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House was at half-mast -- in Trafalgar Square. Tributes were

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beginning to pile up. Among the mourners who came to sign the book

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of condolence, David Cameron. The abiding memory I have is just

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seeing him in Johannesburg and him talking about the people who had

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imprisoned him and the suffering he had undergone and yet his complete

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forgiveness, his total lack of malice towards those who had done

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this to him. Across the Atlantic, the American

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flag was also raised to half-mast on the White House and President Obama

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made a heartfelt tribute which was deeply personal.

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I am one of the countless millions who drew inspiration from Nelson

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Mandela's life. My very first political action, the first thing I

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ever did, it involved an issue - ever did, it involved an issue --

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that involved an issue or politics, was campaign against apartheid.

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He was mourned not just in time Square but at the United Nations

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where diplomats paused in silence -- Times Square.

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China's president recalled his friendship, India's president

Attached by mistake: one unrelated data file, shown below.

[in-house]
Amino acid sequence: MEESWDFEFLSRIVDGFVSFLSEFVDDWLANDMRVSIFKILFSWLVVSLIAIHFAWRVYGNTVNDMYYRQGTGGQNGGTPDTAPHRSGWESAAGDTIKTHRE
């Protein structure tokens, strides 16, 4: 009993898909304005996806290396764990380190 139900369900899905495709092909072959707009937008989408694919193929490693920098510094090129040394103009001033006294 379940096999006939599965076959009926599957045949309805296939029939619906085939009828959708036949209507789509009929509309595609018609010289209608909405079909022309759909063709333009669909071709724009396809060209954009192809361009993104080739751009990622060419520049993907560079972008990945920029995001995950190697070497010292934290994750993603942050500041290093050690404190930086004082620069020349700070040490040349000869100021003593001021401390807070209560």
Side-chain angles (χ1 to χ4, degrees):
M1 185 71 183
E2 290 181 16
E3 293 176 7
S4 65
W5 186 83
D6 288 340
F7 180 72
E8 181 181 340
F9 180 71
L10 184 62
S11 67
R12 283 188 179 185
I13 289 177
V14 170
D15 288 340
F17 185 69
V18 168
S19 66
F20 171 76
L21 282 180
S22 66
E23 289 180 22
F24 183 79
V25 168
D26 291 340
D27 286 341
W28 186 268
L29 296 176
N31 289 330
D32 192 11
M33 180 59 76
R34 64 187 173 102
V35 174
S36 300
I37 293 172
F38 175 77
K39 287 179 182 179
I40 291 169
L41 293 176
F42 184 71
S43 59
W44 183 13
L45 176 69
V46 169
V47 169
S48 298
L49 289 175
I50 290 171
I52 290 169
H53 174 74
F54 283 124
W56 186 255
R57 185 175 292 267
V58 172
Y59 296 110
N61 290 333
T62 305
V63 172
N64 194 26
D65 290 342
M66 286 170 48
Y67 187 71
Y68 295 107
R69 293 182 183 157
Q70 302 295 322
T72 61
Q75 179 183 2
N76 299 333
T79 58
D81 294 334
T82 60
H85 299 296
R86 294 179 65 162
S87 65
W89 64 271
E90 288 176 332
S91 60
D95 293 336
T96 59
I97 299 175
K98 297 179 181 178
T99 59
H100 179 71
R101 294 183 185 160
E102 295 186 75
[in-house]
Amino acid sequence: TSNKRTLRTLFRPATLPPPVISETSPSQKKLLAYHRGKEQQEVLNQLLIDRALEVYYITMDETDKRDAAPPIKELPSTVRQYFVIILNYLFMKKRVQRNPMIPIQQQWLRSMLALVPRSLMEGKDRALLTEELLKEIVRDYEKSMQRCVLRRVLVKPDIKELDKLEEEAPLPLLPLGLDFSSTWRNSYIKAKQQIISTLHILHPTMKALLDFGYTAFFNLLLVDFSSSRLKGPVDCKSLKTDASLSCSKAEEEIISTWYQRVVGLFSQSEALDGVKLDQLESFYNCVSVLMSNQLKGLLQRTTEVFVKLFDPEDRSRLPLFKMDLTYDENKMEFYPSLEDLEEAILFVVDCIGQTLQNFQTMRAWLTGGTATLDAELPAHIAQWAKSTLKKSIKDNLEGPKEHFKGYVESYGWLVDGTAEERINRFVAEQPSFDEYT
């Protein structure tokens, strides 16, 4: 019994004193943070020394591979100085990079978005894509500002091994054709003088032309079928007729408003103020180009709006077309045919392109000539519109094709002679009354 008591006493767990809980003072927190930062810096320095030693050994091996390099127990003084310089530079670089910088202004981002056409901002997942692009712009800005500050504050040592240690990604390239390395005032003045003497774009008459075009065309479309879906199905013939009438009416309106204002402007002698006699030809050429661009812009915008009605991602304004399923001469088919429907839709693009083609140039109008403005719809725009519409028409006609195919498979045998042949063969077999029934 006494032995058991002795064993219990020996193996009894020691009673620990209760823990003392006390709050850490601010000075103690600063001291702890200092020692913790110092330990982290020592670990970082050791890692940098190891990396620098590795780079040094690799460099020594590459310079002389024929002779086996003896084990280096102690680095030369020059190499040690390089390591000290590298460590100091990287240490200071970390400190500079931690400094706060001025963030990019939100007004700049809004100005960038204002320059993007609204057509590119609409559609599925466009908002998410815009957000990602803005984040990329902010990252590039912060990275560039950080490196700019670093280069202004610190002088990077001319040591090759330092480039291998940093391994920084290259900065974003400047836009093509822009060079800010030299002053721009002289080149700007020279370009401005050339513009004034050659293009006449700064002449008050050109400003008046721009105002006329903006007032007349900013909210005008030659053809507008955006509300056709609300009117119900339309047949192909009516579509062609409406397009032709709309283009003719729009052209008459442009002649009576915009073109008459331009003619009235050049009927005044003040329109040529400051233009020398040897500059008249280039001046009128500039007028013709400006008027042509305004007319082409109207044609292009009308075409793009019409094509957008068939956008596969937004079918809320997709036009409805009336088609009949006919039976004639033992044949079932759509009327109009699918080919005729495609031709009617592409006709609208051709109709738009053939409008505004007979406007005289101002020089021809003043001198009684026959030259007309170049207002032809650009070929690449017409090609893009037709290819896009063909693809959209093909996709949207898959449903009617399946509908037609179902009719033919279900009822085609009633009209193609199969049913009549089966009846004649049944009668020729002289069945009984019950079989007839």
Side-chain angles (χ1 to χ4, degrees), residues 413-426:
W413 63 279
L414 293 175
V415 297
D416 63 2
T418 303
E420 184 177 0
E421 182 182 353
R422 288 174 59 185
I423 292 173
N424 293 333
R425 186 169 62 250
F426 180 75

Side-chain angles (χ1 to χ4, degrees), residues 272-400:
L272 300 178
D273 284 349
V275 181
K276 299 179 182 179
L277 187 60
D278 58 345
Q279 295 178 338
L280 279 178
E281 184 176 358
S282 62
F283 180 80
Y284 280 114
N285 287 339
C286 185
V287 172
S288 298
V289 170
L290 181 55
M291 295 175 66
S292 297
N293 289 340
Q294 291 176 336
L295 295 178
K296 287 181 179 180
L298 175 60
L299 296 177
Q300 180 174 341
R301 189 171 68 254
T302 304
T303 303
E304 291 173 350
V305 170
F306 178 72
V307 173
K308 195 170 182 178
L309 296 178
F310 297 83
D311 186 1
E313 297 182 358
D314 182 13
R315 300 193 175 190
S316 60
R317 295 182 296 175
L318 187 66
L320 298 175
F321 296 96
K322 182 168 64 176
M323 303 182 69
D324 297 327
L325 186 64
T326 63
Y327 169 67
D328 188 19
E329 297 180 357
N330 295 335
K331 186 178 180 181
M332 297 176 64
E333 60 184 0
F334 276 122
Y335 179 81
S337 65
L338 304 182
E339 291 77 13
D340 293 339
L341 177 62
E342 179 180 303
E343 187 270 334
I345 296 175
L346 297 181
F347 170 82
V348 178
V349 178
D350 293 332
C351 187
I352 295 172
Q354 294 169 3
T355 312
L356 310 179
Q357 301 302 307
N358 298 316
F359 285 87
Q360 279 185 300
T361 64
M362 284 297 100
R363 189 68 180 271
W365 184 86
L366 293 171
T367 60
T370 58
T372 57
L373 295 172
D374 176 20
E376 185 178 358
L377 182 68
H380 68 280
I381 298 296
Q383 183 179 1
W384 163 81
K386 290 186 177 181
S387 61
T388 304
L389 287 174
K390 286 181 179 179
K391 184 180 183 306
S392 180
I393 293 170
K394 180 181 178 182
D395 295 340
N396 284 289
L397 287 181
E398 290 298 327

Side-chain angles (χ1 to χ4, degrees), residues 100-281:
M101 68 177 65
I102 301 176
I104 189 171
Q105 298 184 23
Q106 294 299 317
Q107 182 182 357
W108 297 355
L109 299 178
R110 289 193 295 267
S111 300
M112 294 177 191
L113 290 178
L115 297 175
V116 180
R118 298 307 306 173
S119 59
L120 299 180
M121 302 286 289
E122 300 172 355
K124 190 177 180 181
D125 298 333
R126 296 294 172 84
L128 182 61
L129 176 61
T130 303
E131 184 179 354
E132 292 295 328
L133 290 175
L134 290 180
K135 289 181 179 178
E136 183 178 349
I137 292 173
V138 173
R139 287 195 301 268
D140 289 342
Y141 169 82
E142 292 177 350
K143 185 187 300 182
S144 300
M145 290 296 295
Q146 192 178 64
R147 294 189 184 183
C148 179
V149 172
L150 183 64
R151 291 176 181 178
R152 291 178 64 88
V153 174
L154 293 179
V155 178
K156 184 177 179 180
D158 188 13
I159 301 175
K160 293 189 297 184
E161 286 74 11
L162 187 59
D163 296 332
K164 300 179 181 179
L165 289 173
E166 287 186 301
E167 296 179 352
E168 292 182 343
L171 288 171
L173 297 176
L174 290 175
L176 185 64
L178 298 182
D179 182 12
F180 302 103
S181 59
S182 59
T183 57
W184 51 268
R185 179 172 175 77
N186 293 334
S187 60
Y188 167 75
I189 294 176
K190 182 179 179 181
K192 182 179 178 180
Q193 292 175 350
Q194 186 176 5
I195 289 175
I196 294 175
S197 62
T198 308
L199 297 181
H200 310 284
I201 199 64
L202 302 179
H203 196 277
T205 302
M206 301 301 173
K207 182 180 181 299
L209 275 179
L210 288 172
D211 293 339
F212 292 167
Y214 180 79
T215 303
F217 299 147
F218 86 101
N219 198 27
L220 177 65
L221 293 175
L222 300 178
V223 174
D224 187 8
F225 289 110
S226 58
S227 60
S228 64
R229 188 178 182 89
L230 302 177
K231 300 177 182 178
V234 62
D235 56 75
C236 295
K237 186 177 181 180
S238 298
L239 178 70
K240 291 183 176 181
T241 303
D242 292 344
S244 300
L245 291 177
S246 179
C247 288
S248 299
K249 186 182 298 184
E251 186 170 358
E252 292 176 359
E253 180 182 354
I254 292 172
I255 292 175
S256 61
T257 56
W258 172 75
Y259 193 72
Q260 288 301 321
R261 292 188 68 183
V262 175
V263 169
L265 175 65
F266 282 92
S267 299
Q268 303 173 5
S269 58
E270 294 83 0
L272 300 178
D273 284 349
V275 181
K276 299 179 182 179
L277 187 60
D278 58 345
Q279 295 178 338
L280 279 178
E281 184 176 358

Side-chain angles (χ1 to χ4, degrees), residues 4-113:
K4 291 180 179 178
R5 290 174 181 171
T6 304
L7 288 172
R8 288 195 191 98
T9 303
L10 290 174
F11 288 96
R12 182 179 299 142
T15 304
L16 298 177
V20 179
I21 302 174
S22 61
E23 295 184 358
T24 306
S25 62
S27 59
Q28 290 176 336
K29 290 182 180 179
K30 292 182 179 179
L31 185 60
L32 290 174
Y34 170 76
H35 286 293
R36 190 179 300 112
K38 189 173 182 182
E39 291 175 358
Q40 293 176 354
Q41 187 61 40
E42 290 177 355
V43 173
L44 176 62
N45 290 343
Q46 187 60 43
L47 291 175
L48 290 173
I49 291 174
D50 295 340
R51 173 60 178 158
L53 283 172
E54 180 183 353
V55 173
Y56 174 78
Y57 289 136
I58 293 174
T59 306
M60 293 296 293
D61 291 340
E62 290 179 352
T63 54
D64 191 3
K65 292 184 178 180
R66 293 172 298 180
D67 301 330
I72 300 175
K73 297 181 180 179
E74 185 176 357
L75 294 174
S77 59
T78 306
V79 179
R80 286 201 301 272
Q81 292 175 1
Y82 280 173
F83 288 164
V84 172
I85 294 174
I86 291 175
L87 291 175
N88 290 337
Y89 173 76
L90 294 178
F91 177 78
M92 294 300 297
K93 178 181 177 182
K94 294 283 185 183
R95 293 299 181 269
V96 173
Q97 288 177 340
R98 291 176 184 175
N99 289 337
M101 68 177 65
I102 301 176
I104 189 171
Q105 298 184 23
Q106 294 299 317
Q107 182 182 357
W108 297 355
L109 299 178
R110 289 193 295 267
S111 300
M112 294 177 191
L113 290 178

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lamented the passing of a giant Russia called him an outstanding

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politician and Brazil said he was one of the greatest figures of the

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20th century. Tributes also came from African leaders.

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We will all miss most cherished of Africa's sons and a true hero.

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President Nelson Mandela lived an extraordinary life in a very

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ordinary way. The Queen said she member at her

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meetings with Mandela with great warmth and was deeply saddened.

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Prince Charles, who took camera and Brixton, recalled his humour and

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courage. He seemed to have touched everyone who met him. Former US

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President Bill Clinton said he had lost a true friend. Tony Blair has

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said he was a great man who made racism not just a moral but stupid.

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South African actress Charlize Theron said his impact would live

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for ever. By chance last night was the London

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premiere of the new film of his life. The Duke and Duchess of

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Cambridge were in attendance and visibly shocked when it was

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announced. My thoughts and prayers are with him

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and his family right now. More members of the Royal family

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were at South Africa House this morning. For a towering figure his

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impact on the world has surely been monumental.